(a) NPRA Rule.--The Secretary, acting through the Director of the 
Bureau of Land Management--
          (1) shall withdraw the proposed rule of the Bureau of Land 
        Management entitled ``Management and Protection of the National 
        Petroleum Reserve in Alaska'' (88 Fed. Reg. 62025 (September 8, 
        2023)); and
          (2) may not take any action to finalize, implement, 
        administer, or enforce the proposed rule described in paragraph 
        (1) or any substantially similar rule.
  (b) Executive Order 13990.--
          (1) In general.--Section 4 of Executive Order 13990 (86 Fed. 
        Reg. 7037; relating to protecting public health and the 
        environment and restoring science to tackle the climate crisis) 
        shall have no force or effect.
          (2) Funding.--No Federal funds may be obligated or expended 
        to carry out section 4 of the Executive Order described in 
        paragraph (1).
  (c) Secretarial Order 3401.--
          (1) In general.--Secretarial Order 3401 (relating to the 
        Comprehensive Analysis and Temporary Halt on all Activities in 
        the Arctic National Wildlife Refuge Relating to the Coastal 
        Plain Oil and Gas Leasing Program), issued by the Secretary on 
        June 1, 2021, shall have no force or effect.
          (2) Funding.--No Federal funds may be obligated or expended 
        to carry out the Secretarial Order described in paragraph (1).

                       PURPOSE OF THE LEGISLATION

    The purpose of H.R. 6285 is to ratify and approve all 
authorizations, permits, verifications, extensions, biological 
opinions, incidental take statements, and any other approvals 
or orders issued pursuant to Federal law necessary for the 
establishment and administration of the Coastal Plain oil and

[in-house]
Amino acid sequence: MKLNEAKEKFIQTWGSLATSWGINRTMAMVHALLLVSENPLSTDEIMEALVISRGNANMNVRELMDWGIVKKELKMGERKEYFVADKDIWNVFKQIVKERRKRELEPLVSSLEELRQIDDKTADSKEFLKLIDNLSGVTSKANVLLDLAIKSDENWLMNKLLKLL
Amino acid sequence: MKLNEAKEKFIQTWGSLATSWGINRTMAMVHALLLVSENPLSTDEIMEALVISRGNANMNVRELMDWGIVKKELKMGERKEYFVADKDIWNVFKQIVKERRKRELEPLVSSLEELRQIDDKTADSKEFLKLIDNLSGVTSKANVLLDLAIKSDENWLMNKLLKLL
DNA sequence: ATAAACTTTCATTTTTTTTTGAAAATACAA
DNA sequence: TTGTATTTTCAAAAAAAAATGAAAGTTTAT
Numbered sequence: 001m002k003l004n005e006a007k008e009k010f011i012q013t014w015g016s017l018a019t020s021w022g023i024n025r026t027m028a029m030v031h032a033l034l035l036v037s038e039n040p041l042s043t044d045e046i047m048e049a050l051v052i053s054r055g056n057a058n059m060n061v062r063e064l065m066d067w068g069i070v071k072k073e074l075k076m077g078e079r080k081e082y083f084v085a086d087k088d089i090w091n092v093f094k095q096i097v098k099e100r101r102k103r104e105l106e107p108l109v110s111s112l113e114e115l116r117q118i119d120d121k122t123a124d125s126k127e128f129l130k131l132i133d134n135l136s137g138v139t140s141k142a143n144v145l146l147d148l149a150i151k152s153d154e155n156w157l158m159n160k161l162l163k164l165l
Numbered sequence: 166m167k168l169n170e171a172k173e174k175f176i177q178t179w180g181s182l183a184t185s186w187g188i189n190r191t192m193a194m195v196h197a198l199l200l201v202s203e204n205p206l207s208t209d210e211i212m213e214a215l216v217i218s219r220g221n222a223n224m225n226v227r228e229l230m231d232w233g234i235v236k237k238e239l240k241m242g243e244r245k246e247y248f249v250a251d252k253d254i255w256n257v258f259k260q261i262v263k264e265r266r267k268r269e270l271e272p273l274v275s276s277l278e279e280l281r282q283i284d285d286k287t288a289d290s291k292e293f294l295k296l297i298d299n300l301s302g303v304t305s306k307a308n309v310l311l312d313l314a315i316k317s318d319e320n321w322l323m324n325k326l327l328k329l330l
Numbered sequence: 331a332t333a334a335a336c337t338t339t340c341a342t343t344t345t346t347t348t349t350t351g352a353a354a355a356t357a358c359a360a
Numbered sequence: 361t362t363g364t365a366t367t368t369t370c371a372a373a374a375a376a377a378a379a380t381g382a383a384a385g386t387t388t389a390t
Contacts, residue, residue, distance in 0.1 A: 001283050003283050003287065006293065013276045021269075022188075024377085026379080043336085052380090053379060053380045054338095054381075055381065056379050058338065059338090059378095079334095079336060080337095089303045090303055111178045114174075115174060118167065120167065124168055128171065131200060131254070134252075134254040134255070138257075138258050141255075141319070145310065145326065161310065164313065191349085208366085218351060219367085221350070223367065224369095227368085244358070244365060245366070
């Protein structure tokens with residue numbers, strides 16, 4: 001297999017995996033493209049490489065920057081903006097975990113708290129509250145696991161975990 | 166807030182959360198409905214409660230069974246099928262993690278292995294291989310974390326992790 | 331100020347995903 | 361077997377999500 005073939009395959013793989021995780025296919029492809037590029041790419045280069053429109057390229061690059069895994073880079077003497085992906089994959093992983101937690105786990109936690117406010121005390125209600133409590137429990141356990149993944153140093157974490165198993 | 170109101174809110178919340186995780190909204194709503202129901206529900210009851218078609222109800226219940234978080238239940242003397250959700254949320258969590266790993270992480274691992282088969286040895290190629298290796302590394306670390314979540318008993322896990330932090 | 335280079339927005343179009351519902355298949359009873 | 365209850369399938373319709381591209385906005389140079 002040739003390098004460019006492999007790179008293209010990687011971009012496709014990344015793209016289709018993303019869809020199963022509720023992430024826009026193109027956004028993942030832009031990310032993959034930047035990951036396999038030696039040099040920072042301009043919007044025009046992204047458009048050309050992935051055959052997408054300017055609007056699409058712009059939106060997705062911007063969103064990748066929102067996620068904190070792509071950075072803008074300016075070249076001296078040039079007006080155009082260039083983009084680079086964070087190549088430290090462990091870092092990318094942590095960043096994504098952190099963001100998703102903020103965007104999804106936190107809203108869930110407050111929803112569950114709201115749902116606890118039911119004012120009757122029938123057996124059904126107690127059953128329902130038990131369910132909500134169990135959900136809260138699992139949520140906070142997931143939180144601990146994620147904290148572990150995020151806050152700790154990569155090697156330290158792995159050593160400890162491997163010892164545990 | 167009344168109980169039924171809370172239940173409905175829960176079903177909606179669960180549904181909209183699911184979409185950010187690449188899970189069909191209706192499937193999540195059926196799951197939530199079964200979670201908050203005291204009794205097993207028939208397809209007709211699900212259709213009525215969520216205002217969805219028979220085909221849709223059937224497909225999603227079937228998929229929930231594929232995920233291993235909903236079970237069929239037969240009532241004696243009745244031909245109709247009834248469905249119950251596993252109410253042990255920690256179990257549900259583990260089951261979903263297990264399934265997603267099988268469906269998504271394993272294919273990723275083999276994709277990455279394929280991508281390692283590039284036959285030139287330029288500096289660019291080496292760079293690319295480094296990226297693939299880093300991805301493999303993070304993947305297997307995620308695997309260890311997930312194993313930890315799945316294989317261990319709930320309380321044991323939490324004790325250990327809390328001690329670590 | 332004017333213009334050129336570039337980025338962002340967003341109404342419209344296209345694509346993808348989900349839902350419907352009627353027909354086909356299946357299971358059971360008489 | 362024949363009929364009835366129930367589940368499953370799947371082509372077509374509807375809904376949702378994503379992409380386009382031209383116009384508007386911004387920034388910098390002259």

gas leasing program, and for other purposes.

                  BACKGROUND AND NEED FOR LEGISLATION

    The Tax Cuts and Jobs Act (TCJA)\1\ mandates that the 
Secretary of the Interior must establish an oil and gas leasing 
program in the 1002 Area of the Arctic National Wildlife Refuge 
(ANWR). The TCJA also required that the Secretary of the 
Interior hold ``2 lease sales area wide'' with ``the initial 
lease sale under the oil and gas program under this section not 
later than [December 2021]'' and ``a second lease sale under 
the oil and gas program under this section not later than 
[December 2024]''.\2\ On January 6, 2021, the Bureau of Land 
Management (BLM) held the first oil and gas lease sale for 
Alaska's 1002 Area, offering 22 tracts on 1.1 million acres.\3\ 
The sale yielded a total of $14.4 million in bids, and BLM 
subsequently issued leases for nine tracts covering 437,804 
total acres.\4\
---------------------------------------------------------------------------
    \1\Pub. L. No. 115-97; 131 Stat. 2054.
    \2\Pub. L. No. 115 97, Sec. 20001 (1)(B)(ii), 131 Stat. 2237.
    \3\Bureau of Land Management, Oil & Gas Lease Sale (Jan. 6, 2021), 
https://www.blm.gov/sites/default/files/docs/2021-01/BLMAlaska_2021-
Coastal-Plain-Sale-Bid-Recap_20210106.pdf.
    \4\Id.
---------------------------------------------------------------------------
    On January 20, 2021, President Biden issued Executive Order 
13990, which abruptly placed a moratorium on implementing the 
Coastal Plain Oil and Gas Leasing Program and ordered a review 
and additional analysis of the potential environmental impacts 
of the program.\5\ On June 1, 2021, Secretary Haaland signed 
Secretary's Order 3401, which directed the Department of the 
Interior (DOI) to temporarily halt all activities related to 
the Coastal Plain Oil and Gas Leasing Program\6\ and on 
September 8, 2023, Secretary Haaland announced the cancellation 
of the remaining seven oil and gas leases issued by the Trump 
administration in the Coastal Plain of ANWR.\7\
---------------------------------------------------------------------------
    \5\Exec. Order No. 13990, 86 F.R. 7037 (2020).
    \6\Sec. Order No. 3401, DEP'T OF THE INTERIOR (June 1, 2020).
    \7\U.S. Department of the Interior Press Release, Biden-Harris 
Administration Takes Major Steps to Protect Arctic Lands and Wildlife 
in Alaska, 9/6/23, https://www.doi.gov/pressreleases/biden-harris-
administration-takes-major-steps-protect-arctic-lands-and-wildlife-
alaska.
---------------------------------------------------------------------------